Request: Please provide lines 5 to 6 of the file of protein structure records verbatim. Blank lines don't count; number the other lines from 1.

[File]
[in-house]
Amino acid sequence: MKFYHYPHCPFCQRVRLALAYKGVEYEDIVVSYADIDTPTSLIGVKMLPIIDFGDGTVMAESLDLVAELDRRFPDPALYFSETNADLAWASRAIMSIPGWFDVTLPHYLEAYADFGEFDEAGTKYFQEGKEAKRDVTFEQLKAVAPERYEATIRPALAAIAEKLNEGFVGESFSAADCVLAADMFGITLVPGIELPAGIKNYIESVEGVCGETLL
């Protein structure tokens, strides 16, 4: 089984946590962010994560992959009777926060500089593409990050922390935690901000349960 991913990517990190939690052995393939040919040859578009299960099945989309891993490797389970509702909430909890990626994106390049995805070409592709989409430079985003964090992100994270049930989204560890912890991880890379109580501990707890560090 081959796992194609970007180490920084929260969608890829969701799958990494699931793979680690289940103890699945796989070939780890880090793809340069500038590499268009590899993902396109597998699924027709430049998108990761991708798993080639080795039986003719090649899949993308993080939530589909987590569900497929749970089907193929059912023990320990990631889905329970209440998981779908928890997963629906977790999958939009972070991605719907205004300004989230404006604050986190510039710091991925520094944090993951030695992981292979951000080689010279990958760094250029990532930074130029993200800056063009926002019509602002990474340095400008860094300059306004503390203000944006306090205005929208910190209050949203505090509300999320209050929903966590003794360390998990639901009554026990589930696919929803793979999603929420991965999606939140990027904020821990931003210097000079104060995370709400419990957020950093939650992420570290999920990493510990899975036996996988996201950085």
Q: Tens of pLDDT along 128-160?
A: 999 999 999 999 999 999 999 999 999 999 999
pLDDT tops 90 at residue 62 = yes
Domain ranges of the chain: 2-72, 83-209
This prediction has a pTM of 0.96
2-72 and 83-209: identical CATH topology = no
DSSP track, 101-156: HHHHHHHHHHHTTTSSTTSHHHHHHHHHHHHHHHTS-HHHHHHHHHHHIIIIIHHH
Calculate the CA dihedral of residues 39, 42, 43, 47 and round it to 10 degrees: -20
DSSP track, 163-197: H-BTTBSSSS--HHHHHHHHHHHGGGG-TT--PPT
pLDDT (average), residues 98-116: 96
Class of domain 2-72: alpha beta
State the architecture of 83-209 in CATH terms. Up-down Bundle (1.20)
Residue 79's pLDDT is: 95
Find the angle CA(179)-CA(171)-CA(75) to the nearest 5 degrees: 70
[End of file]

A: 999 999 999 999 999 999 999 999 999 999 999
pLDDT tops 90 at residue 62 = yes